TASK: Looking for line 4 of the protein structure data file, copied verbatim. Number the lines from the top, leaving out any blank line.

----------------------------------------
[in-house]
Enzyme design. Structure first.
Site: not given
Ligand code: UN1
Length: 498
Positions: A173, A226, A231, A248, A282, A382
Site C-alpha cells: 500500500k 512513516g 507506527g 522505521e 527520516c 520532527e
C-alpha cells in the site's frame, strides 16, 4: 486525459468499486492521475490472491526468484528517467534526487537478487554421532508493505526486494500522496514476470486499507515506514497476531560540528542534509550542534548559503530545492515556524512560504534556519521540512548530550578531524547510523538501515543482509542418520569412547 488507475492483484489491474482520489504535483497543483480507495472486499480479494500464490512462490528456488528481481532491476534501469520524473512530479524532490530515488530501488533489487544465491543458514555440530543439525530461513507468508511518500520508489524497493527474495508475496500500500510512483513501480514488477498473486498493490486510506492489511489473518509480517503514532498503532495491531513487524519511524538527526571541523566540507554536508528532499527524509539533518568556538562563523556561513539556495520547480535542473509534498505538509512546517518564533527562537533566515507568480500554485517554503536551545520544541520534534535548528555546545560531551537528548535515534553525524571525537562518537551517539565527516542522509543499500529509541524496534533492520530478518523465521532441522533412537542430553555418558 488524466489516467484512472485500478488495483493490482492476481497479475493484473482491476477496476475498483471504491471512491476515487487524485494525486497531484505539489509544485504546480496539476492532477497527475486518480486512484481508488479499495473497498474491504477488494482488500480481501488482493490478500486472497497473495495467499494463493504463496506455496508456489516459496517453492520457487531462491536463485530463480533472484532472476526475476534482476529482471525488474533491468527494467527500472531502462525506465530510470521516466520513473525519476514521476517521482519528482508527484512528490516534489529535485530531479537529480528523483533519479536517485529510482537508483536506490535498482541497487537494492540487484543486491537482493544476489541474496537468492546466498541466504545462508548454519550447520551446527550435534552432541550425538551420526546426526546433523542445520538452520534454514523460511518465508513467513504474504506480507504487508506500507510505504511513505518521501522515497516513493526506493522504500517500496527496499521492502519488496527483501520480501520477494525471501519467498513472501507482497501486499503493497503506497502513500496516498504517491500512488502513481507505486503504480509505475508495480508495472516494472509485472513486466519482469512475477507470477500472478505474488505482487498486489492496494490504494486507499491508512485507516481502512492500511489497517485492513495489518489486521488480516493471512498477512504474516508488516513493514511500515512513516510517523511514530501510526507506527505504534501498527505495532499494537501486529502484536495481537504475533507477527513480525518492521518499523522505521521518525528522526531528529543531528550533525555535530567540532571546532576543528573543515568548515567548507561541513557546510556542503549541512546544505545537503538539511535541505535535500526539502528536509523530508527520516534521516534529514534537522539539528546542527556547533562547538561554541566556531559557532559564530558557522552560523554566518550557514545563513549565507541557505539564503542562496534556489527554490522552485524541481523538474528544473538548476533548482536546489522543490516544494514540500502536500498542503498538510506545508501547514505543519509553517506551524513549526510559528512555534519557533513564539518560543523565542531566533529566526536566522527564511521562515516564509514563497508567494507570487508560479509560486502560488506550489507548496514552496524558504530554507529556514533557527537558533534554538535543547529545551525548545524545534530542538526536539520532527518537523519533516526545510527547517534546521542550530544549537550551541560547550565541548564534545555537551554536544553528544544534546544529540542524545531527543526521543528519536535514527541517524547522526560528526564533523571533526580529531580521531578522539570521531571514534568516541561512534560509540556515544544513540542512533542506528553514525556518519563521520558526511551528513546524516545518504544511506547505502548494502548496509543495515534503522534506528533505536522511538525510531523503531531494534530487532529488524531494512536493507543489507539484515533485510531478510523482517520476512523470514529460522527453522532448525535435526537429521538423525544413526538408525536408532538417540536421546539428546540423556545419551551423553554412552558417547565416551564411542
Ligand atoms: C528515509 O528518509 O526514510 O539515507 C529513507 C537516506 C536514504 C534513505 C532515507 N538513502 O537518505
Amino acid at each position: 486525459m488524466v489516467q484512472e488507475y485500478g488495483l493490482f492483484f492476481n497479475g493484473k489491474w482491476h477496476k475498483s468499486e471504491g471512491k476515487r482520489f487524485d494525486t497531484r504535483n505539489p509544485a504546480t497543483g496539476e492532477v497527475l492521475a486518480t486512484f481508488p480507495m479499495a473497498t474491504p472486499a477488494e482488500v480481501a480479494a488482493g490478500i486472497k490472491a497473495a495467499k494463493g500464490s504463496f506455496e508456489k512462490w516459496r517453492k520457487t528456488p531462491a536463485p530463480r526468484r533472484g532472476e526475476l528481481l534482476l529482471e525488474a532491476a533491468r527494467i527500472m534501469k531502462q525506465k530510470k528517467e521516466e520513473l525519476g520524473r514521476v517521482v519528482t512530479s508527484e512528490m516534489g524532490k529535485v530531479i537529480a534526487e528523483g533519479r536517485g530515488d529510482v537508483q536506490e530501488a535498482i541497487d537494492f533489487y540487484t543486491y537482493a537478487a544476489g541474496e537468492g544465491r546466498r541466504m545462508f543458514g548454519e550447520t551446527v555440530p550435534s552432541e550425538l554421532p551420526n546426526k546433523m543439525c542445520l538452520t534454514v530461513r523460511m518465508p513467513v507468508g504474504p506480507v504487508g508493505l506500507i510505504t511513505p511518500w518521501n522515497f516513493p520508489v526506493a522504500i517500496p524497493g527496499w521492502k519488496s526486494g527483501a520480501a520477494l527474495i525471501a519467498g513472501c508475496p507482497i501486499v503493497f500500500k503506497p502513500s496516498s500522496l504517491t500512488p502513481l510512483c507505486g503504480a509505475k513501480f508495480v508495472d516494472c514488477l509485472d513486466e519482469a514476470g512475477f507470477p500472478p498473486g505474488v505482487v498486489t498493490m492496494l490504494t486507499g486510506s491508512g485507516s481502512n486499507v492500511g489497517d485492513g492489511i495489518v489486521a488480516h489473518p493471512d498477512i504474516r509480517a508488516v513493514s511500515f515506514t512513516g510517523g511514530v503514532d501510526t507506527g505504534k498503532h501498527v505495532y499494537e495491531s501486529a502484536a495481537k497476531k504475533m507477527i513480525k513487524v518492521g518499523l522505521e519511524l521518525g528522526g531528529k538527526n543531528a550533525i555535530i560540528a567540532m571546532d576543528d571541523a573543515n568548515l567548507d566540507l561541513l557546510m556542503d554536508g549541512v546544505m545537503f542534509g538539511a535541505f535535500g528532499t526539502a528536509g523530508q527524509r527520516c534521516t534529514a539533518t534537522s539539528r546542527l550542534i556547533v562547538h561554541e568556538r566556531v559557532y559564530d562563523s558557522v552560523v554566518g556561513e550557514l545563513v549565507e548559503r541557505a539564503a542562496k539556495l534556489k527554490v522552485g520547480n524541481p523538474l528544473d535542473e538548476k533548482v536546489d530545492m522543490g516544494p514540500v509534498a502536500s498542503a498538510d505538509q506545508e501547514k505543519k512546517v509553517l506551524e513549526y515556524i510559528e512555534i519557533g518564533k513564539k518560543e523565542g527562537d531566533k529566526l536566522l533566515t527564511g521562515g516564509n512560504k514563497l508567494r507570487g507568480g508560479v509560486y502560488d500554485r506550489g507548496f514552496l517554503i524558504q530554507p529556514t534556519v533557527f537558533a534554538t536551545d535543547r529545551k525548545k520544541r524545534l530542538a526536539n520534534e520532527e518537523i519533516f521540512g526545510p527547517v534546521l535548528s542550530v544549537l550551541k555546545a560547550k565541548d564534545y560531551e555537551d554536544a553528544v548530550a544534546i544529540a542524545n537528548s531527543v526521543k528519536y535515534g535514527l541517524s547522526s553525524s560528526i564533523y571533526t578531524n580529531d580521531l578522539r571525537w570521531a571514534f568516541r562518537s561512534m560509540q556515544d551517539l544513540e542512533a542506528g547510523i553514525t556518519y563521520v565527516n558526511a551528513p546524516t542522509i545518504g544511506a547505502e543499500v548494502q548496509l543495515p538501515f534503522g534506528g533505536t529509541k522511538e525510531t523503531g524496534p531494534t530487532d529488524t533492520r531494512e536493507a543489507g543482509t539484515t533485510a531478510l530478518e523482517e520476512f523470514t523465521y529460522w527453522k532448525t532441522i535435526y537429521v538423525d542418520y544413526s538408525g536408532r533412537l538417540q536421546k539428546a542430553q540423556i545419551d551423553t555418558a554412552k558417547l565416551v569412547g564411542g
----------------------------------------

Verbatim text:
Ligand code: UN1